It is important to note that as social networking tools continue to develop new ways of connecting, such as the growing recognition of Twitter’s usefulness to collective awareness of a person’s presence and mundane activities, even vendors like SocialText see it necessary to enhance their integration of the social software stack with features such as SocialText Signals and SocialText Desktop. Vander Wal’s key question is whether enterprises using SharePoint will continue to bolt new applications on it to enhance its social capabilities, or move on to totally new platforms entirely.
If your organization uses SharePoint, how true do the points outlined above seem to you? Has your organization added social networking applications to SharePoint?
Posted by Larry R. Irons
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Excellent post about what is and ain’t a social application. Vande Wal’s social software stack concept and illustration is a real helpful annodyne to the command & control bias of the Microsoft’s monopolistic enterprise obsession, of which Sharepoint has been their advance-guard for some years now.
Back in 04/05 when I was with Wildfire Internet and we were pitching our online community software, kept hearing companies say, “We don’t need that, we have Sharepoint.”
Our offering was nothing like sharepoint, focused much more on open and interpersonal communication and idea sharing; subscription based SAS, easy to get started with easy to use and admin, practically everything point and click, with almost no overhead involved. But the accounting and consulting firms we called on were locked in to the dot net insanity, requiring a boatload of admin overhead and additional customizing to get to work the way you wanted and expensive at that.
Would love to go back in time and pitch those tools knowing what I know now.
Plus ca change.
Hey Dwight, thanks for the insight. I think many companies have not understood the difference between the way SharePoint is marketed and the architectural limitations of the platform. It is a little like the way the relational database vendors, Oracle in particular, initially marketed SQL back in the late 1980s. As you well know, it is typically not a good idea to assume the marketing of a product aligns tightly with its capabilities.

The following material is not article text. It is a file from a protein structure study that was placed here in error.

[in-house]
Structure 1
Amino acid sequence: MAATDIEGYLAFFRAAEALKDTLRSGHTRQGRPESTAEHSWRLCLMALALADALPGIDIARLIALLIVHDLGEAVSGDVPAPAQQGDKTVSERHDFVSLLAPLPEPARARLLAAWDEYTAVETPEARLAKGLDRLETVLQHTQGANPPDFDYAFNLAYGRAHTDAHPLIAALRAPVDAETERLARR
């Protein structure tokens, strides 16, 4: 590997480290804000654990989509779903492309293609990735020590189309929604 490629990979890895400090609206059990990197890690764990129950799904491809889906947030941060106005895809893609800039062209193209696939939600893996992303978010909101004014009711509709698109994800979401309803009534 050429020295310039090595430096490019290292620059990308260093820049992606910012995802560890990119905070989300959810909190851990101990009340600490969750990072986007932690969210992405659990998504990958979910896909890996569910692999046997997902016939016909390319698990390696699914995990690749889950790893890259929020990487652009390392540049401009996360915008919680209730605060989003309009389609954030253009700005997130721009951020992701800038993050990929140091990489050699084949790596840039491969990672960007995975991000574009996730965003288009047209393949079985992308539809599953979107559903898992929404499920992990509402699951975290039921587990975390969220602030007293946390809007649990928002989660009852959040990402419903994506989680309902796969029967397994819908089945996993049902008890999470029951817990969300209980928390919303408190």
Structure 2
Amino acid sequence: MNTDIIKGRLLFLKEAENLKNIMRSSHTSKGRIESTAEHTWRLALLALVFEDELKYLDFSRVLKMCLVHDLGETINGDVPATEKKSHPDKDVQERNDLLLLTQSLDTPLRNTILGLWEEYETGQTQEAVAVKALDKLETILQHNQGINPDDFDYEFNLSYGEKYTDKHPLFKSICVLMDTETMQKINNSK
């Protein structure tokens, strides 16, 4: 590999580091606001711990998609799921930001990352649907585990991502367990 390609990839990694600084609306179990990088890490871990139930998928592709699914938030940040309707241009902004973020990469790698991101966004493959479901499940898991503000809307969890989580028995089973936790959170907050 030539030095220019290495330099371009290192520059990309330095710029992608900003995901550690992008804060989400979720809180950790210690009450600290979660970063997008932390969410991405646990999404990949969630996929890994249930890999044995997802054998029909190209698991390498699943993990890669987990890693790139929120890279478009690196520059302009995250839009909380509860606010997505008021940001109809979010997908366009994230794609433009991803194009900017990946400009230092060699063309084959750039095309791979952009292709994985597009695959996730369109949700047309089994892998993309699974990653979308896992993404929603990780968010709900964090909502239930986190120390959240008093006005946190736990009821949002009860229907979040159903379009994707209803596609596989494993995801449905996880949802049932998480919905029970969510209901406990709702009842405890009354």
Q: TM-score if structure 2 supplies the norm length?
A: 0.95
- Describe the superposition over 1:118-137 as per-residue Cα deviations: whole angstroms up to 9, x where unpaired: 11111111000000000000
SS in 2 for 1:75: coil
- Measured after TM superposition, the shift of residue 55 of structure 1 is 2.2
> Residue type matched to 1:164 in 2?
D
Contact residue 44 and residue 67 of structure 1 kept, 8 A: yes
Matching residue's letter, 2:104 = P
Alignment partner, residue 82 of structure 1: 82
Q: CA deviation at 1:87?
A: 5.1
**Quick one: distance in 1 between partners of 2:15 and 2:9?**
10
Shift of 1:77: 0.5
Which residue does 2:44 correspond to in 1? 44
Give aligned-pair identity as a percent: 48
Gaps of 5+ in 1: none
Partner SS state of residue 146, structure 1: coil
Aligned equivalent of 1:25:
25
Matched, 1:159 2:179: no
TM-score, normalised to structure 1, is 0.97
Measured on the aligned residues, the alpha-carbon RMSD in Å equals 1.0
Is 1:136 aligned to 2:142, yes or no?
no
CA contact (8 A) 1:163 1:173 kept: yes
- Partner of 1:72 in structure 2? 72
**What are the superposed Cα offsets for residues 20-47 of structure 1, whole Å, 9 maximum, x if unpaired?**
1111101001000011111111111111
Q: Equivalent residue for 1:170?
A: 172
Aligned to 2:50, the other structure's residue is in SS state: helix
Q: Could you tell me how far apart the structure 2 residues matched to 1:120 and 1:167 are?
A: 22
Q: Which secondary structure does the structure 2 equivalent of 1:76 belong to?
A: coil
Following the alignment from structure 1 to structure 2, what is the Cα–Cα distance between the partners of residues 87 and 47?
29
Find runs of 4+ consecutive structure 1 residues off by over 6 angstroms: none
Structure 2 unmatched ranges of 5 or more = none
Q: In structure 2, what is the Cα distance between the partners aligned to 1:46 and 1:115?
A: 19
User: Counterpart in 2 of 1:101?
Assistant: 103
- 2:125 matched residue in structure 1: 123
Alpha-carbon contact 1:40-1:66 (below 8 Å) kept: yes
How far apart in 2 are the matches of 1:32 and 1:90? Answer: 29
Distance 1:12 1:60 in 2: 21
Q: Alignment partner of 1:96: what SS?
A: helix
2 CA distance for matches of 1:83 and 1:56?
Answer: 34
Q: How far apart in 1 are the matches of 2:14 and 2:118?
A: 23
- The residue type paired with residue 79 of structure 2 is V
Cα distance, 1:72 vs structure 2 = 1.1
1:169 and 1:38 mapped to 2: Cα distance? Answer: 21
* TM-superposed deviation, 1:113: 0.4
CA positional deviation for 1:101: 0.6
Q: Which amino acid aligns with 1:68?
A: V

I like the sociological perspective you bring to these tools. I think you make some good points about the potential pit falls of doing social networking with in the Sharepoint framework. I am a proponent of Sharepoint becuase of its web site content managment tools. It’s clear to me that social netowrking is not a core feature but more of an add on. Also, I never have high expectations for Microsoft’s first try at making a new tool. It seems to take them two or three releases to refine and new feature sets. Despite this I hope to make the most of what Sharepoint offers and augment what is lacking.
I have to disagree with your characterisation of Confluence as a great Wiki tool. We implimented it at my previous company and it was not adopted by anyone besides the team that implimented it. I’m sure it has a comprehensive feature set but it think it fails on the basis of user interface design. I think Jira has the same failing. Any apps that hopes to can wide scale adoption in the corporate arena needs to invest heavily in UI design. It’s not enough to have a spectacular feature if users are put off by the user interface.
Thanks for the comment. I totally agree that you can’t discount Sharepoint’s potential as Microsoft refines and alters the underlying architecture. My point of view is that approaches to social networking necessarily require a social perspective informing choices about the information architecture underlying a platform. I also agree that the UI investment in any tool is a key driver for adoption, while I would add that it is sometimes difficult to distinguish the organizational from the technical impediments to adoption.
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Howdy — lots of these are reasons we’re having success with our SocialSites product in MOSS environments — we help turn it on its head toward community, collaboration, and the individual as focal points… http://www.newsgator.com/business/socialsites/default.aspx . We also feel SP 2010 will help address some of base architectural limitations…
Hi JB, I don’t doubt you guys are doing well with your SocialSites product. I sat through a webinar on it and saw many promising capabilities. You are also probably correct in assessing the promise of SP 2010. I look forward to seeing it myself. Thanks for the read and comment.
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I’m glad you found the discussion useful.